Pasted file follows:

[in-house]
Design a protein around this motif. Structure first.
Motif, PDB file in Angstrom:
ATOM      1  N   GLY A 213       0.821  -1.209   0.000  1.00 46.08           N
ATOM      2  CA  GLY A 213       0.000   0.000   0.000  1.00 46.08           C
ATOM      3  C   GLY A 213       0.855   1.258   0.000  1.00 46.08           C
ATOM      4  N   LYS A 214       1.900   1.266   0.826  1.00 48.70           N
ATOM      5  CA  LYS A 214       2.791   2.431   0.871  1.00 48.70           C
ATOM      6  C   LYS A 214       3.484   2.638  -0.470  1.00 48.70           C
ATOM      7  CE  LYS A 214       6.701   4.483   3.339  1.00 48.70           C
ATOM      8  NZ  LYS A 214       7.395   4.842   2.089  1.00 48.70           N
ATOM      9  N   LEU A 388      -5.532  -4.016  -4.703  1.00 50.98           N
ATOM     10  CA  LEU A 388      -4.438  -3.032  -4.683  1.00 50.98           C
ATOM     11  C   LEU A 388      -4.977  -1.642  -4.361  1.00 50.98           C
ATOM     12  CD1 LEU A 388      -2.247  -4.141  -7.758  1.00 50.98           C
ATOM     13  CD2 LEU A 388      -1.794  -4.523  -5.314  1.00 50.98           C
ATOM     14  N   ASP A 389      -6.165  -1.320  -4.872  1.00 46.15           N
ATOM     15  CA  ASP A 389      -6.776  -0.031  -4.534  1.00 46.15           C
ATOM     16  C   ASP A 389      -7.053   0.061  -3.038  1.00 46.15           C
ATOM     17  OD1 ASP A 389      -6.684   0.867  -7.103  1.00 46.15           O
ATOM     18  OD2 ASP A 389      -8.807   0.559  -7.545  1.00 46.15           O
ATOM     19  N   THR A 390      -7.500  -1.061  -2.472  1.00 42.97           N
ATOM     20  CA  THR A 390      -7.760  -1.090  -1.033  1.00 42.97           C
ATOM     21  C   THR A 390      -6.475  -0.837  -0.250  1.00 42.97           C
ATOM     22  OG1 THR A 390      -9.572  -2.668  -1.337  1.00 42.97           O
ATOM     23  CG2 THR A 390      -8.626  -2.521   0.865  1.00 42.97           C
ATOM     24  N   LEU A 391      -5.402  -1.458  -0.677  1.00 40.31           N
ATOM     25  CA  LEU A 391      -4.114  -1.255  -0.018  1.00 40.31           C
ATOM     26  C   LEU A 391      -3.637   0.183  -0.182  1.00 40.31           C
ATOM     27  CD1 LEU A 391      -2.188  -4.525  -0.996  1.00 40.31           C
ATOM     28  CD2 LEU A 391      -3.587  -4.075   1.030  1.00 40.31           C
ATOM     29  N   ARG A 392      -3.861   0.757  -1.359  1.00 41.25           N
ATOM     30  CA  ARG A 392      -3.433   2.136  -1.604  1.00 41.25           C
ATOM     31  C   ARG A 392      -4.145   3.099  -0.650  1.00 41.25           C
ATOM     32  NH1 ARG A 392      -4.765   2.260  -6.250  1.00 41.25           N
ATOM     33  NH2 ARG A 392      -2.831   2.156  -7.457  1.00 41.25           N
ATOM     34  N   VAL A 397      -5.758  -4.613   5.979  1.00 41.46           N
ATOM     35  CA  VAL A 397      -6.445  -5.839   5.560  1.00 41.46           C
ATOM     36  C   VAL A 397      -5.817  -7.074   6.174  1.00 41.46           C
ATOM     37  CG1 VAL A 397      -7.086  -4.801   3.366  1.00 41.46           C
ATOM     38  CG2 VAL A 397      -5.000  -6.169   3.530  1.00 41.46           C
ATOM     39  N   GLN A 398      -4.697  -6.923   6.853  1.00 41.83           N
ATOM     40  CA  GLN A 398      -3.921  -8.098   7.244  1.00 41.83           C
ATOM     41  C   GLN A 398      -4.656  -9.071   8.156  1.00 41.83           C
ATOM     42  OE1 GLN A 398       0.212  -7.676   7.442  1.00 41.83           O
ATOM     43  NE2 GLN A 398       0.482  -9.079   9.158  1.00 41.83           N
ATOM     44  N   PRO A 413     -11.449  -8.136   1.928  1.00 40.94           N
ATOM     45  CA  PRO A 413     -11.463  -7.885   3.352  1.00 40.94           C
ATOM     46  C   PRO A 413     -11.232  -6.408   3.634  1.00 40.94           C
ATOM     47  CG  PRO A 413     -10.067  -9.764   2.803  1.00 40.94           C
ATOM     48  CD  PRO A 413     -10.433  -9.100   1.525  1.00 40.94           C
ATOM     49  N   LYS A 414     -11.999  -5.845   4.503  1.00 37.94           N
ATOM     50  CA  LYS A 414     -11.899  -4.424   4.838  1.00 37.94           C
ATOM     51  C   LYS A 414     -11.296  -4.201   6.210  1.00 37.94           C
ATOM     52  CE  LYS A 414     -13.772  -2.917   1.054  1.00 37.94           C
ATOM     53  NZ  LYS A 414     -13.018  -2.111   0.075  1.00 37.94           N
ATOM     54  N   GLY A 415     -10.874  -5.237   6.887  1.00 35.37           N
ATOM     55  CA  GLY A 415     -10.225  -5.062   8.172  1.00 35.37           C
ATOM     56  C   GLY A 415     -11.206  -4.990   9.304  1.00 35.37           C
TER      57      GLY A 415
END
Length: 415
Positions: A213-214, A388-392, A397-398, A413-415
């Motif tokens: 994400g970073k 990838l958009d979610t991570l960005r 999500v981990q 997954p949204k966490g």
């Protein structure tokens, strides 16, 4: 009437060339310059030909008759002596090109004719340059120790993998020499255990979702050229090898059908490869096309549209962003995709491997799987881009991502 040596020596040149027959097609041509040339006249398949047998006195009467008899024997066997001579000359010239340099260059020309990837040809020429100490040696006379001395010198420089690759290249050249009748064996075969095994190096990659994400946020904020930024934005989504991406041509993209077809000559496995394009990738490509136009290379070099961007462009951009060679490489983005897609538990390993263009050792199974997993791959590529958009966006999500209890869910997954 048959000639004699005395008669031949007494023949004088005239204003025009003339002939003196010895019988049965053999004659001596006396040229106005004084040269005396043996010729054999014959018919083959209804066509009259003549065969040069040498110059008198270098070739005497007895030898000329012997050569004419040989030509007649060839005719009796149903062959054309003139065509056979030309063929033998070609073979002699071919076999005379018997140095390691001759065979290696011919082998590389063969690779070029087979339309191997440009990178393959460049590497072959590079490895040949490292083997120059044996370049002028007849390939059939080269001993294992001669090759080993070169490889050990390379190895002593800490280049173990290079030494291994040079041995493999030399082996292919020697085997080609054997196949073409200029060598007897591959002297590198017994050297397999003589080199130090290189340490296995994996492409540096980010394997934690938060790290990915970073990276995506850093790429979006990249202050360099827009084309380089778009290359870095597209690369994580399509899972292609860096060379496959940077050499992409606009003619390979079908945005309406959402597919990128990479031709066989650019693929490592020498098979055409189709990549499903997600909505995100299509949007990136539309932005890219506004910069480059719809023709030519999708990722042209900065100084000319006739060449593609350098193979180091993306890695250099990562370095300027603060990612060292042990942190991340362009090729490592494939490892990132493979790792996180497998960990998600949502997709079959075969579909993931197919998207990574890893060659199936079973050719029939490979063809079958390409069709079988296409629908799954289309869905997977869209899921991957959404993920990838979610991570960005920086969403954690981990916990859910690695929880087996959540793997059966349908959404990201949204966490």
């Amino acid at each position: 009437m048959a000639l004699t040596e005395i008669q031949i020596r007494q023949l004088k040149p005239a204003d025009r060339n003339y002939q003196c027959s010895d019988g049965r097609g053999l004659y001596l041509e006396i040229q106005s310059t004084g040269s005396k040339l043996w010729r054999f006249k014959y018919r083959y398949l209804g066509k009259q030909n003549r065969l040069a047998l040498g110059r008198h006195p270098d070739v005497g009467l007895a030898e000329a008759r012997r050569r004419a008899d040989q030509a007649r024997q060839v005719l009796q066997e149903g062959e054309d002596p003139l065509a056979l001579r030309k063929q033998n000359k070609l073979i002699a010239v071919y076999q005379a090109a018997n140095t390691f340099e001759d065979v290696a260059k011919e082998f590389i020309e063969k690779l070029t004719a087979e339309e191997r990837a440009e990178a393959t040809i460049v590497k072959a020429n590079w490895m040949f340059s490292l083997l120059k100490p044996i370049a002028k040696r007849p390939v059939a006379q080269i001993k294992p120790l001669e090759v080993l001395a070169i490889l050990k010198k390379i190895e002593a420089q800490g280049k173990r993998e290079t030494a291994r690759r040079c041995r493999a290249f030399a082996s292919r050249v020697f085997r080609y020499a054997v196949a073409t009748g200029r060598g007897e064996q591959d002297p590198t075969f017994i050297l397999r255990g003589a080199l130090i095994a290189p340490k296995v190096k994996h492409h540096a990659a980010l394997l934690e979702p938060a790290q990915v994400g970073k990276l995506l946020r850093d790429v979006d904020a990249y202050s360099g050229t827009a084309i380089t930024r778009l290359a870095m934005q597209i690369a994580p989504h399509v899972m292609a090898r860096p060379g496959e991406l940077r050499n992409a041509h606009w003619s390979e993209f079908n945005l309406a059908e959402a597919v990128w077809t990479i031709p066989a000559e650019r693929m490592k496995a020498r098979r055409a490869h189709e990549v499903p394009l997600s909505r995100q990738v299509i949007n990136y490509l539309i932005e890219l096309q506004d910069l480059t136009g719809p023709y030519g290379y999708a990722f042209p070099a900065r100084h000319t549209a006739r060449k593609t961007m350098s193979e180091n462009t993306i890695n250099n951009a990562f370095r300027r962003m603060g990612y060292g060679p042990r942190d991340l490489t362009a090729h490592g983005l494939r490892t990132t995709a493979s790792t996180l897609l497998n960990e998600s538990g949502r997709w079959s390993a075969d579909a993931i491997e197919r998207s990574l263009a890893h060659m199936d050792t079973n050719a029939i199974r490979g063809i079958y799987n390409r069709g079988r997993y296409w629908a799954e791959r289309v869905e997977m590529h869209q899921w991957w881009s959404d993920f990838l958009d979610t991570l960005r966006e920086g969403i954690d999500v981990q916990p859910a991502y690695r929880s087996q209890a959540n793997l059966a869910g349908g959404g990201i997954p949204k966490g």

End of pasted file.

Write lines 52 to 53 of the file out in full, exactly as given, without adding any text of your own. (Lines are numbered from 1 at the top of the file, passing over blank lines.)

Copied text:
ATOM     49  N   LYS A 414     -11.999  -5.845   4.503  1.00 37.94           N
ATOM     50  CA  LYS A 414     -11.899  -4.424   4.838  1.00 37.94           C